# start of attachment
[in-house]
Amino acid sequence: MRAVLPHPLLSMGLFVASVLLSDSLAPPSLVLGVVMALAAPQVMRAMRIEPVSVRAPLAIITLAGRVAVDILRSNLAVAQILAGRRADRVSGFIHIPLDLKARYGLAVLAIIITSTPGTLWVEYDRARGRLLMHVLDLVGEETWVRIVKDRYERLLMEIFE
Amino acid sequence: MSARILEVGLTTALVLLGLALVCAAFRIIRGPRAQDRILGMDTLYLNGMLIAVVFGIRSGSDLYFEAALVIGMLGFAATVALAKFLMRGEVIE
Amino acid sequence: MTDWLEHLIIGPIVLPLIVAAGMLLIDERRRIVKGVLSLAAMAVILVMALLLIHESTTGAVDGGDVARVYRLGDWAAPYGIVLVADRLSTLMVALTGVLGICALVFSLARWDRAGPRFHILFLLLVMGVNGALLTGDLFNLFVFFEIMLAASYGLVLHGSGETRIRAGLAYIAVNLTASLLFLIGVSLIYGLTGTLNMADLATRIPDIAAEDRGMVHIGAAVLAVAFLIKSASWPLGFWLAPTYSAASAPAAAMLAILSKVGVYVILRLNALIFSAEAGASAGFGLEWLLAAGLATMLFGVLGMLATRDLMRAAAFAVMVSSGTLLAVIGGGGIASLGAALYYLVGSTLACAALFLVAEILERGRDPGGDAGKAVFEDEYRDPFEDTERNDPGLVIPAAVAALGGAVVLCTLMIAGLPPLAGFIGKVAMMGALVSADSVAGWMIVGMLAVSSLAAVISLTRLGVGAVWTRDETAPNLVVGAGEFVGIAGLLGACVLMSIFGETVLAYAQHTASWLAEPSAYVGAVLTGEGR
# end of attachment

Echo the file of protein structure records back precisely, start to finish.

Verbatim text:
[in-house]
Amino acid sequence: MRAVLPHPLLSMGLFVASVLLSDSLAPPSLVLGVVMALAAPQVMRAMRIEPVSVRAPLAIITLAGRVAVDILRSNLAVAQILAGRRADRVSGFIHIPLDLKARYGLAVLAIIITSTPGTLWVEYDRARGRLLMHVLDLVGEETWVRIVKDRYERLLMEIFE
Amino acid sequence: MSARILEVGLTTALVLLGLALVCAAFRIIRGPRAQDRILGMDTLYLNGMLIAVVFGIRSGSDLYFEAALVIGMLGFAATVALAKFLMRGEVIE
Amino acid sequence: MTDWLEHLIIGPIVLPLIVAAGMLLIDERRRIVKGVLSLAAMAVILVMALLLIHESTTGAVDGGDVARVYRLGDWAAPYGIVLVADRLSTLMVALTGVLGICALVFSLARWDRAGPRFHILFLLLVMGVNGALLTGDLFNLFVFFEIMLAASYGLVLHGSGETRIRAGLAYIAVNLTASLLFLIGVSLIYGLTGTLNMADLATRIPDIAAEDRGMVHIGAAVLAVAFLIKSASWPLGFWLAPTYSAASAPAAAMLAILSKVGVYVILRLNALIFSAEAGASAGFGLEWLLAAGLATMLFGVLGMLATRDLMRAAAFAVMVSSGTLLAVIGGGGIASLGAALYYLVGSTLACAALFLVAEILERGRDPGGDAGKAVFEDEYRDPFEDTERNDPGLVIPAAVAALGGAVVLCTLMIAGLPPLAGFIGKVAMMGALVSADSVAGWMIVGMLAVSSLAAVISLTRLGVGAVWTRDETAPNLVVGAGEFVGIAGLLGACVLMSIFGETVLAYAQHTASWLAEPSAYVGAVLTGEGR